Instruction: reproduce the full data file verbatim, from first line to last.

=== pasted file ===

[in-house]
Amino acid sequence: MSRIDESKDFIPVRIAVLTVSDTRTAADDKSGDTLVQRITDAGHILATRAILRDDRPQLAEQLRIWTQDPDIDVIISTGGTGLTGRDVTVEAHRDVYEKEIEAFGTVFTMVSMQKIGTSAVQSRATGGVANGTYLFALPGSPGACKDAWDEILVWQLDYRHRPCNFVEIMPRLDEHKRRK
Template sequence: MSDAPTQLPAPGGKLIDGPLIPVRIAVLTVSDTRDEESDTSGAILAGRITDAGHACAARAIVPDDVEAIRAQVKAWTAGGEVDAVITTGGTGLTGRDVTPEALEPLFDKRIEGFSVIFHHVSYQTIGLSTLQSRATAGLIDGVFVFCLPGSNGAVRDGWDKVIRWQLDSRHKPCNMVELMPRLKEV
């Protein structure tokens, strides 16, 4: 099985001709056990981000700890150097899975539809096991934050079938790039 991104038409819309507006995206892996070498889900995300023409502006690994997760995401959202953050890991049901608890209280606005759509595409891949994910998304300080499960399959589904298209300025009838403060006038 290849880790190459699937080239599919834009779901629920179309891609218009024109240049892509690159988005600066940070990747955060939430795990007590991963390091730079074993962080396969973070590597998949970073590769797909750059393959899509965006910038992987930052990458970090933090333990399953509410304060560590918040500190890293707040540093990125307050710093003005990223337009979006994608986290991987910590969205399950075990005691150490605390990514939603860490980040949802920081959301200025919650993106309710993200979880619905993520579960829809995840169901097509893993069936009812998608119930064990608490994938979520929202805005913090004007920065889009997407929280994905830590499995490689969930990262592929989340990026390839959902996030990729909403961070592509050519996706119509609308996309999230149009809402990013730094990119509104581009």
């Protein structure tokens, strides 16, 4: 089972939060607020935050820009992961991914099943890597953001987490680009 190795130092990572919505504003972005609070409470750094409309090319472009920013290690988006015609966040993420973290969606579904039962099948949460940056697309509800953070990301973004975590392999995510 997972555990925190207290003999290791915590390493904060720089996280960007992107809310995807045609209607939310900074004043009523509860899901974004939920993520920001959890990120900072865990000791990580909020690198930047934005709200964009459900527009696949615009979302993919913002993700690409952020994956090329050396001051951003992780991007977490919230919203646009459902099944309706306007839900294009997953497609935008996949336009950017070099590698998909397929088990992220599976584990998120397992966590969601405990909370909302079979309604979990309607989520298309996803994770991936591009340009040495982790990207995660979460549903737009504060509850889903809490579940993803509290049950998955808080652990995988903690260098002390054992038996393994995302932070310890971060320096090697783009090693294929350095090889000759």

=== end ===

[in-house]
Amino acid sequence: MSRIDESKDFIPVRIAVLTVSDTRTAADDKSGDTLVQRITDAGHILATRAILRDDRPQLAEQLRIWTQDPDIDVIISTGGTGLTGRDVTVEAHRDVYEKEIEAFGTVFTMVSMQKIGTSAVQSRATGGVANGTYLFALPGSPGACKDAWDEILVWQLDYRHRPCNFVEIMPRLDEHKRRK
Template sequence: MSDAPTQLPAPGGKLIDGPLIPVRIAVLTVSDTRDEESDTSGAILAGRITDAGHACAARAIVPDDVEAIRAQVKAWTAGGEVDAVITTGGTGLTGRDVTPEALEPLFDKRIEGFSVIFHHVSYQTIGLSTLQSRATAGLIDGVFVFCLPGSNGAVRDGWDKVIRWQLDSRHKPCNMVELMPRLKEV
């Protein structure tokens, strides 16, 4: 099985001709056990981000700890150097899975539809096991934050079938790039 991104038409819309507006995206892996070498889900995300023409502006690994997760995401959202953050890991049901608890209280606005759509595409891949994910998304300080499960399959589904298209300025009838403060006038 290849880790190459699937080239599919834009779901629920179309891609218009024109240049892509690159988005600066940070990747955060939430795990007590991963390091730079074993962080396969973070590597998949970073590769797909750059393959899509965006910038992987930052990458970090933090333990399953509410304060560590918040500190890293707040540093990125307050710093003005990223337009979006994608986290991987910590969205399950075990005691150490605390990514939603860490980040949802920081959301200025919650993106309710993200979880619905993520579960829809995840169901097509893993069936009812998608119930064990608490994938979520929202805005913090004007920065889009997407929280994905830590499995490689969930990262592929989340990026390839959902996030990729909403961070592509050519996706119509609308996309999230149009809402990013730094990119509104581009």
């Protein structure tokens, strides 16, 4: 089972939060607020935050820009992961991914099943890597953001987490680009 190795130092990572919505504003972005609070409470750094409309090319472009920013290690988006015609966040993420973290969606579904039962099948949460940056697309509800953070990301973004975590392999995510 997972555990925190207290003999290791915590390493904060720089996280960007992107809310995807045609209607939310900074004043009523509860899901974004939920993520920001959890990120900072865990000791990580909020690198930047934005709200964009459900527009696949615009979302993919913002993700690409952020994956090329050396001051951003992780991007977490919230919203646009459902099944309706306007839900294009997953497609935008996949336009950017070099590698998909397929088990992220599976584990998120397992966590969601405990909370909302079979309604979990309607989520298309996803994770991936591009340009040495982790990207995660979460549903737009504060509850889903809490579940993803509290049950998955808080652990995988903690260098002390054992038996393994995302932070310890971060320096090697783009090693294929350095090889000759």